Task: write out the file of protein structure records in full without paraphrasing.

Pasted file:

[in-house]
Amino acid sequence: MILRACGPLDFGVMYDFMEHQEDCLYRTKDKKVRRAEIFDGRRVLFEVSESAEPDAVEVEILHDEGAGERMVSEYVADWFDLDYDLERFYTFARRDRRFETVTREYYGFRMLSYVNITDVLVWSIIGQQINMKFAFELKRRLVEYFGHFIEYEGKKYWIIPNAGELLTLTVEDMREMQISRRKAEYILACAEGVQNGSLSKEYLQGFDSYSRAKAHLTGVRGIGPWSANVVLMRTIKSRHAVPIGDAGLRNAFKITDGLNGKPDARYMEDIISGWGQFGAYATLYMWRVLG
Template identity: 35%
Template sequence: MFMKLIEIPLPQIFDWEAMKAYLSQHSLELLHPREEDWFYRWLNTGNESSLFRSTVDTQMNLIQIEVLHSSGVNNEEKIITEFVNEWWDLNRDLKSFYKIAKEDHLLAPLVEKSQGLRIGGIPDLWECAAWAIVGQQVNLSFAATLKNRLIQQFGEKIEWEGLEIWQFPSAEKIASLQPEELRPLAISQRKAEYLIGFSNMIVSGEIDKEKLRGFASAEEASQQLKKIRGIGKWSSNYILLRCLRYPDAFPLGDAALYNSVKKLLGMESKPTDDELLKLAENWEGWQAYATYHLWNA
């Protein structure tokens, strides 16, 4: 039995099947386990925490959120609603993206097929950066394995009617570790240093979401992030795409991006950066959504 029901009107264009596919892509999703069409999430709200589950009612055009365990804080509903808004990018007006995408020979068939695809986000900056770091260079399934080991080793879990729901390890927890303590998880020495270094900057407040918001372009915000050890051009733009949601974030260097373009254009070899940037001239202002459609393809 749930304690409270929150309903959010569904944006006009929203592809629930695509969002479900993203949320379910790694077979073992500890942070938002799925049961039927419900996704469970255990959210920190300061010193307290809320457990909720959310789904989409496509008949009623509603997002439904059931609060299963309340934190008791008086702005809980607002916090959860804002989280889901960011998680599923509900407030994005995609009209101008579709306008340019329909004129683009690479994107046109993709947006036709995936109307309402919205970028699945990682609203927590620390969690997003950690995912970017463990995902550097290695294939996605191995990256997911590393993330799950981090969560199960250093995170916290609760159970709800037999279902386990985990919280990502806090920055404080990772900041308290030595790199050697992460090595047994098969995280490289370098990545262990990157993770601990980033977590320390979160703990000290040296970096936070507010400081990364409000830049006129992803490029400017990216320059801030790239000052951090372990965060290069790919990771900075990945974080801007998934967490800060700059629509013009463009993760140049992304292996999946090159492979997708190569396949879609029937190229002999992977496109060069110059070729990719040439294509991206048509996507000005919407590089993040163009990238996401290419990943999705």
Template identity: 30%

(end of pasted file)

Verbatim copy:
[in-house]
Amino acid sequence: MILRACGPLDFGVMYDFMEHQEDCLYRTKDKKVRRAEIFDGRRVLFEVSESAEPDAVEVEILHDEGAGERMVSEYVADWFDLDYDLERFYTFARRDRRFETVTREYYGFRMLSYVNITDVLVWSIIGQQINMKFAFELKRRLVEYFGHFIEYEGKKYWIIPNAGELLTLTVEDMREMQISRRKAEYILACAEGVQNGSLSKEYLQGFDSYSRAKAHLTGVRGIGPWSANVVLMRTIKSRHAVPIGDAGLRNAFKITDGLNGKPDARYMEDIISGWGQFGAYATLYMWRVLG
Template identity: 35%
Template sequence: MFMKLIEIPLPQIFDWEAMKAYLSQHSLELLHPREEDWFYRWLNTGNESSLFRSTVDTQMNLIQIEVLHSSGVNNEEKIITEFVNEWWDLNRDLKSFYKIAKEDHLLAPLVEKSQGLRIGGIPDLWECAAWAIVGQQVNLSFAATLKNRLIQQFGEKIEWEGLEIWQFPSAEKIASLQPEELRPLAISQRKAEYLIGFSNMIVSGEIDKEKLRGFASAEEASQQLKKIRGIGKWSSNYILLRCLRYPDAFPLGDAALYNSVKKLLGMESKPTDDELLKLAENWEGWQAYATYHLWNA
């Protein structure tokens, strides 16, 4: 039995099947386990925490959120609603993206097929950066394995009617570790240093979401992030795409991006950066959504 029901009107264009596919892509999703069409999430709200589950009612055009365990804080509903808004990018007006995408020979068939695809986000900056770091260079399934080991080793879990729901390890927890303590998880020495270094900057407040918001372009915000050890051009733009949601974030260097373009254009070899940037001239202002459609393809 749930304690409270929150309903959010569904944006006009929203592809629930695509969002479900993203949320379910790694077979073992500890942070938002799925049961039927419900996704469970255990959210920190300061010193307290809320457990909720959310789904989409496509008949009623509603997002439904059931609060299963309340934190008791008086702005809980607002916090959860804002989280889901960011998680599923509900407030994005995609009209101008579709306008340019329909004129683009690479994107046109993709947006036709995936109307309402919205970028699945990682609203927590620390969690997003950690995912970017463990995902550097290695294939996605191995990256997911590393993330799950981090969560199960250093995170916290609760159970709800037999279902386990985990919280990502806090920055404080990772900041308290030595790199050697992460090595047994098969995280490289370098990545262990990157993770601990980033977590320390979160703990000290040296970096936070507010400081990364409000830049006129992803490029400017990216320059801030790239000052951090372990965060290069790919990771900075990945974080801007998934967490800060700059629509013009463009993760140049992304292996999946090159492979997708190569396949879609029937190229002999992977496109060069110059070729990719040439294509991206048509996507000005919407590089993040163009990238996401290419990943999705």
Template identity: 30%